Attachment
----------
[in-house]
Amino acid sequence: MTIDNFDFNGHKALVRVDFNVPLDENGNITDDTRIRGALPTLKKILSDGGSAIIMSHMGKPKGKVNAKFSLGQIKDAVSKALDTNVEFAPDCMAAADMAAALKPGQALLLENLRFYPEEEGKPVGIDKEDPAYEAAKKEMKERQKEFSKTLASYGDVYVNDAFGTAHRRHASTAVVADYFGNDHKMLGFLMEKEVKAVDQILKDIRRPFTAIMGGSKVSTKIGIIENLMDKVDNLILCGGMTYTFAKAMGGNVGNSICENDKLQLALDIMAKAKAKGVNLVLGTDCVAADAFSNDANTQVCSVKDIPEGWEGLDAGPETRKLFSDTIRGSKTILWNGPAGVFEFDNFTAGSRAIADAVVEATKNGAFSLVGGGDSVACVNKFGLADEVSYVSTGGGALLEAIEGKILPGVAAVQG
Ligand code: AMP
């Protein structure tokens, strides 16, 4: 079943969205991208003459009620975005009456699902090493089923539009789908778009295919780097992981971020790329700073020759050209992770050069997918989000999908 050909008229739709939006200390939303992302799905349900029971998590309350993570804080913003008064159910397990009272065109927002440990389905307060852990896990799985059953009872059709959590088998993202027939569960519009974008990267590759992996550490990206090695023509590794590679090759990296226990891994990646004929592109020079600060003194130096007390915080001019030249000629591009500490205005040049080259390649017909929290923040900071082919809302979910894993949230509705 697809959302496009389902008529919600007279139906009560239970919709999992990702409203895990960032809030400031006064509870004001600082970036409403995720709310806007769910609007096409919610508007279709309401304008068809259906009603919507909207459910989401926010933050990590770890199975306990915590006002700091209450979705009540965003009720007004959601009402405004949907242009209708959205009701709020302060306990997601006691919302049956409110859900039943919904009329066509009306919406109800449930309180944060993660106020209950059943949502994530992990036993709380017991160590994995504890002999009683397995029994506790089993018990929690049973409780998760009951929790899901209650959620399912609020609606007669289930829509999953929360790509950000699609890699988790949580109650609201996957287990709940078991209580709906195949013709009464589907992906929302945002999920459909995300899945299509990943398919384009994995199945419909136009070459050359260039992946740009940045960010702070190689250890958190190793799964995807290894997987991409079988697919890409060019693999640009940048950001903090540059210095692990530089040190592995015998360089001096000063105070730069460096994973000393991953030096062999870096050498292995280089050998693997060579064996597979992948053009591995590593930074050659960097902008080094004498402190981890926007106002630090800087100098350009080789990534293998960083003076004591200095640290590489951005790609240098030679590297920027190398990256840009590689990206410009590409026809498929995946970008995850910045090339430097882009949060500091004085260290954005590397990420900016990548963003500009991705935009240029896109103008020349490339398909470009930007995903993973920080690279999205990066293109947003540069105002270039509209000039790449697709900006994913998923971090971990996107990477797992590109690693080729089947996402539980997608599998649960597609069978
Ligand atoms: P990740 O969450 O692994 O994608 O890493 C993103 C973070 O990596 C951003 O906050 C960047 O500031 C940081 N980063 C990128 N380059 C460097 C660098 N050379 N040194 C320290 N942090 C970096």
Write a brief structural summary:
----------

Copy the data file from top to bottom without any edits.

[in-house]
Amino acid sequence: MTIDNFDFNGHKALVRVDFNVPLDENGNITDDTRIRGALPTLKKILSDGGSAIIMSHMGKPKGKVNAKFSLGQIKDAVSKALDTNVEFAPDCMAAADMAAALKPGQALLLENLRFYPEEEGKPVGIDKEDPAYEAAKKEMKERQKEFSKTLASYGDVYVNDAFGTAHRRHASTAVVADYFGNDHKMLGFLMEKEVKAVDQILKDIRRPFTAIMGGSKVSTKIGIIENLMDKVDNLILCGGMTYTFAKAMGGNVGNSICENDKLQLALDIMAKAKAKGVNLVLGTDCVAADAFSNDANTQVCSVKDIPEGWEGLDAGPETRKLFSDTIRGSKTILWNGPAGVFEFDNFTAGSRAIADAVVEATKNGAFSLVGGGDSVACVNKFGLADEVSYVSTGGGALLEAIEGKILPGVAAVQG
Ligand code: AMP
């Protein structure tokens, strides 16, 4: 079943969205991208003459009620975005009456699902090493089923539009789908778009295919780097992981971020790329700073020759050209992770050069997918989000999908 050909008229739709939006200390939303992302799905349900029971998590309350993570804080913003008064159910397990009272065109927002440990389905307060852990896990799985059953009872059709959590088998993202027939569960519009974008990267590759992996550490990206090695023509590794590679090759990296226990891994990646004929592109020079600060003194130096007390915080001019030249000629591009500490205005040049080259390649017909929290923040900071082919809302979910894993949230509705 697809959302496009389902008529919600007279139906009560239970919709999992990702409203895990960032809030400031006064509870004001600082970036409403995720709310806007769910609007096409919610508007279709309401304008068809259906009603919507909207459910989401926010933050990590770890199975306990915590006002700091209450979705009540965003009720007004959601009402405004949907242009209708959205009701709020302060306990997601006691919302049956409110859900039943919904009329066509009306919406109800449930309180944060993660106020209950059943949502994530992990036993709380017991160590994995504890002999009683397995029994506790089993018990929690049973409780998760009951929790899901209650959620399912609020609606007669289930829509999953929360790509950000699609890699988790949580109650609201996957287990709940078991209580709906195949013709009464589907992906929302945002999920459909995300899945299509990943398919384009994995199945419909136009070459050359260039992946740009940045960010702070190689250890958190190793799964995807290894997987991409079988697919890409060019693999640009940048950001903090540059210095692990530089040190592995015998360089001096000063105070730069460096994973000393991953030096062999870096050498292995280089050998693997060579064996597979992948053009591995590593930074050659960097902008080094004498402190981890926007106002630090800087100098350009080789990534293998960083003076004591200095640290590489951005790609240098030679590297920027190398990256840009590689990206410009590409026809498929995946970008995850910045090339430097882009949060500091004085260290954005590397990420900016990548963003500009991705935009240029896109103008020349490339398909470009930007995903993973920080690279999205990066293109947003540069105002270039509209000039790449697709900006994913998923971090971990996107990477797992590109690693080729089947996402539980997608599998649960597609069978
Ligand atoms: P990740 O969450 O692994 O994608 O890493 C993103 C973070 O990596 C951003 O906050 C960047 O500031 C940081 N980063 C990128 N380059 C460097 C660098 N050379 N040194 C320290 N942090 C970096």
Write a brief structural summary: